That's why I hated it. While I don't mind my opinions being challenged, I despise when they are outright changed. The Doc really is a brilliant writer, and because of this, it's easy to live and die with his descriptions of these wrestler's careers just like you would with a Brandon Sanderson novel. Of course, it doesn't hurt that I was a wrestling fan for all but 4 years of the span he covers here, and know most of these characters. In that sense, I was reliving my experiences with these guys and re-experiencing many of the emotions I felt along the way, while also being reminded of things I'd forgotten over the course of time. Personally, I took this book in segments, and I love the way in which it's laid out. As I mentioned above, there are three tiers with 30 wrestlers each and he lays out at the end of each tier how the numbers broke down. More than that, though, he strives to emphasize the importance of the performers in another way, as he devotes more words and pages to the guys in the first tier than he does to those who rank from 90-61.

I really enjoyed this aspect because I liked reading about 10 passages at a time, and then as we got down to the real nitty gritty, going five at a time. This allowed me to savor what I was reading, while also being able to put a greater focus--as Matthews, himself did--on those who earned their spot in the top tier. Everything about the way this was put together makes The Wrestlemania Era a professional wrestling tome for the ages, and it couldn't have come along at a better time, because now that the WWE Network has come along even if you haven't lived through the times Chad is talking about, you can do so. If you get interested in exactly what made DDP vs. Macho Man so good, you can watch the matches on The Network. If you wonder exactly how ridiculous Jeff Hardy's table spot on CM Punk was, pop on SummerSlam 2009 and check it out. Want to see Hulk Hogan redefine himself when the NWO formed? Click on Bash at the Beach 1996. To me, these two products are each others' perfect companion.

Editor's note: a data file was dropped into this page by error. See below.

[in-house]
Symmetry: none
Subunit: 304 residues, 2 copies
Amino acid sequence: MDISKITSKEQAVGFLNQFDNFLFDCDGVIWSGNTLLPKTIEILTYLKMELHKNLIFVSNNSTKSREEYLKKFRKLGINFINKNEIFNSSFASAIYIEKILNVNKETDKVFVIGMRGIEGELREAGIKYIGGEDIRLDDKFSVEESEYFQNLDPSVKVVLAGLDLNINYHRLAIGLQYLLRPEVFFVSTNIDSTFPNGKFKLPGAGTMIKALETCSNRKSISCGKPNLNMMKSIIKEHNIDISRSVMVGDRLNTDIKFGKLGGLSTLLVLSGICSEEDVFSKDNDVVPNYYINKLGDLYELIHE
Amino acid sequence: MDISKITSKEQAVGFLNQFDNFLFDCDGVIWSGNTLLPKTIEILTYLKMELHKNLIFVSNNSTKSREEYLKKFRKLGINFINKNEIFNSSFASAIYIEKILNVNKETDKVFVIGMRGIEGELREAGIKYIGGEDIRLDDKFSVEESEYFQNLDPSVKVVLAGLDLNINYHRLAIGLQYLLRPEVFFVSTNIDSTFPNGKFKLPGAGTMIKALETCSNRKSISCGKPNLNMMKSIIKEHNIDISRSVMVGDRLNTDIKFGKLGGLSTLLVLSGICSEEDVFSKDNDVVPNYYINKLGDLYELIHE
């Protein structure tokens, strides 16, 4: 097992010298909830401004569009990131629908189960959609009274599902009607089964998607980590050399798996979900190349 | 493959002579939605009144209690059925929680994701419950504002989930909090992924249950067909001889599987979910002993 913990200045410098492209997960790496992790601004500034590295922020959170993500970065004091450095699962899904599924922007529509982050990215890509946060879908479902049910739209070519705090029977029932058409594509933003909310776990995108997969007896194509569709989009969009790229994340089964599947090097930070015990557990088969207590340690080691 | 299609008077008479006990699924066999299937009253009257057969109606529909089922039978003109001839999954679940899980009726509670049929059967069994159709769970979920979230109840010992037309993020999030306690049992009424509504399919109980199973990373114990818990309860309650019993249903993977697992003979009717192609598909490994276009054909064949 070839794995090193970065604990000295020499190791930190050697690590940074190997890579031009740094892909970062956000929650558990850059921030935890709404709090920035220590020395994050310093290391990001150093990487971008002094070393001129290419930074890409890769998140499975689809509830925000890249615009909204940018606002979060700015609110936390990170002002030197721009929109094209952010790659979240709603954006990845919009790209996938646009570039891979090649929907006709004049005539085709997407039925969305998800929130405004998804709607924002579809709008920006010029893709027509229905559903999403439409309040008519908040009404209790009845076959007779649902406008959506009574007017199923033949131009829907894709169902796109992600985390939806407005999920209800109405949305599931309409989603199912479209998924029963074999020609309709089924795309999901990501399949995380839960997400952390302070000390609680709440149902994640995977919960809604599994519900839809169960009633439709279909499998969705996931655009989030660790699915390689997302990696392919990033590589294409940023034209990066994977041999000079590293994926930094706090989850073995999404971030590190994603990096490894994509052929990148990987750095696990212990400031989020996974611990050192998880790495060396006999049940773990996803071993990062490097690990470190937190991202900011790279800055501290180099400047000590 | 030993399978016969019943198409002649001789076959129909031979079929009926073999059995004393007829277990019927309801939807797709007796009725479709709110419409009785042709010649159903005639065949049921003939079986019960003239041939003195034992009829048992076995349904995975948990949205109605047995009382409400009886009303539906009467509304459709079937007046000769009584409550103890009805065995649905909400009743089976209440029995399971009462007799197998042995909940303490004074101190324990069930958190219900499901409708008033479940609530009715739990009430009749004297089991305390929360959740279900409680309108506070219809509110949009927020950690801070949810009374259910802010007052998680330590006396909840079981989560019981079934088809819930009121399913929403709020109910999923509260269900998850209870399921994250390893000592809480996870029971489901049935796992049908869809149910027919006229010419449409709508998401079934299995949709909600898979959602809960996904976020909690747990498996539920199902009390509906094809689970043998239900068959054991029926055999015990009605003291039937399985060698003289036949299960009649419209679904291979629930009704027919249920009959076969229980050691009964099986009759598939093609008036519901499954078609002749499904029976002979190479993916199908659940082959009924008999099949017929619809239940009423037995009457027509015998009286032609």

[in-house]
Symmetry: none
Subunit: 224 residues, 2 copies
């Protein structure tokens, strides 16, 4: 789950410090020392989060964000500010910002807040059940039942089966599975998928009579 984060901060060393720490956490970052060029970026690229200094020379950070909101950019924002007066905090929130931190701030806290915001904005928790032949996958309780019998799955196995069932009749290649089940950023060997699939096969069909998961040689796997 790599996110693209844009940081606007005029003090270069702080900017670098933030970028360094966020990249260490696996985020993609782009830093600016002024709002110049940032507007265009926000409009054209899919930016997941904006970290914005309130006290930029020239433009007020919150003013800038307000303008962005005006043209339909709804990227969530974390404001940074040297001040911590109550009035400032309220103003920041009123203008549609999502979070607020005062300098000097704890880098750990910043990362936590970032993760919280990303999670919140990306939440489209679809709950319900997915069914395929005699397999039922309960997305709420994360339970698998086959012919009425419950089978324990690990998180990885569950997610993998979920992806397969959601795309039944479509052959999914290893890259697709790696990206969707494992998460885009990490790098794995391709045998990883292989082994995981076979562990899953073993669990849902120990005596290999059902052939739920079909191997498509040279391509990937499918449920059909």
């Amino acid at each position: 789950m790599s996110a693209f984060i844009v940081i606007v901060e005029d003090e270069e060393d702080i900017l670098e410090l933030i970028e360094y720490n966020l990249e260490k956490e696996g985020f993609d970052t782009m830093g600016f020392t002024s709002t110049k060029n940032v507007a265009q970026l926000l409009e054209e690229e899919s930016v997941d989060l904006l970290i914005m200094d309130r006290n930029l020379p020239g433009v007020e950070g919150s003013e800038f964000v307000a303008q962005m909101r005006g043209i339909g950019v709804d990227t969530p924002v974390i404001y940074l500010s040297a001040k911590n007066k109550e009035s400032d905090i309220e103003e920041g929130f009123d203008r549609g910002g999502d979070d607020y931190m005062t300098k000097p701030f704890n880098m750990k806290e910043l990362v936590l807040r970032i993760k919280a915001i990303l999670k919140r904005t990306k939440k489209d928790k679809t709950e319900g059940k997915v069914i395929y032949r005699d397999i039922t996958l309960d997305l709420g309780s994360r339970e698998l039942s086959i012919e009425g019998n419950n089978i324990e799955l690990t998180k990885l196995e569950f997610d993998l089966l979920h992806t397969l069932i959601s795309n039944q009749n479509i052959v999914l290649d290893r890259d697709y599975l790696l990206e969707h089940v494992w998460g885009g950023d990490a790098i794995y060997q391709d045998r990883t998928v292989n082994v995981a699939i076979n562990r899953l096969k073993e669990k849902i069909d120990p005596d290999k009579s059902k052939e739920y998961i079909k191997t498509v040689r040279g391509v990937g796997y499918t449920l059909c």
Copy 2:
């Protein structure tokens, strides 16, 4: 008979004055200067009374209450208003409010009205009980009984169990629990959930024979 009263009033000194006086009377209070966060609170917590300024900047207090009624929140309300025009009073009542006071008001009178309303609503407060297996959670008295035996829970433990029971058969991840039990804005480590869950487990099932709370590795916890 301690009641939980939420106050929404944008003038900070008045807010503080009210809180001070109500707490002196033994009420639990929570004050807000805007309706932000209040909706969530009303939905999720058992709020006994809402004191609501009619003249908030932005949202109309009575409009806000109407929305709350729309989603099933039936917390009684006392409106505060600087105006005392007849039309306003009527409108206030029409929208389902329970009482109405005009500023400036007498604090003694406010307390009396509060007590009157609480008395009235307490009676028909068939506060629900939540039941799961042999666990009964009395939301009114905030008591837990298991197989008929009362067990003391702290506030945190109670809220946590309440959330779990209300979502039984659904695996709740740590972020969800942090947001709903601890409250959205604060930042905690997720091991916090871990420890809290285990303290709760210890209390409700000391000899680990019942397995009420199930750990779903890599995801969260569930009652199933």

I don't just like this book, I love it and I would recommend it for any fan of any age. You'll laugh, you'll be moved to tears, and you will certainly think. That's all you can ask of any form of entertainment, and while this combines two forms of entertainment into one, I believe instead of your entertainment value doubling, it's raised exponentially. Buy this book, read this book, love this book. You won't regret it. This is an instant classic, and I can't wait for either the follow-up in a decade or The Doc's next undertaking, which should come much sooner. If you are a fan of professional wrestling, this is the book for you. If you want to read arguments about who are the best 90 professional wrestlers of the last 30 years, this is the book for you. If you love to read and love professional wrestling, then this is pretty much heaven. Welcome to The Wrestlemania Era Era.

  • Doctor's Orders: The WWE Month in Review (November 2014 Raw Hype, Survivor Series, Wrestler of the Month, and Match of the Month)

  • Doctor's Orders: Starrcade vs. WrestleMania (Part 5: The Curse of the Invasion)

  • Doctor's Orders: Starrcade vs. WrestleMania (Part 4: Tragedy Begins the Downfall of Jim Crockett Promotions)

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  • Doctor's Orders: Starrcade vs. WrestleMania (Part 2: The Seeds Get Planted for the Monday Night War)

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  • Doctor's Orders: Brock Lesnar or The S.H.I.E.L.D. (WWE's Difficult WrestleMania Choice)

  • Doctor's Orders: Competitive Fire in the Next Generation Brings Back Memories of Attitude and WWE vs. WCW

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  • The WrestleMania Era - "THE Definitive Sports Entertainment Publication" for just $9.99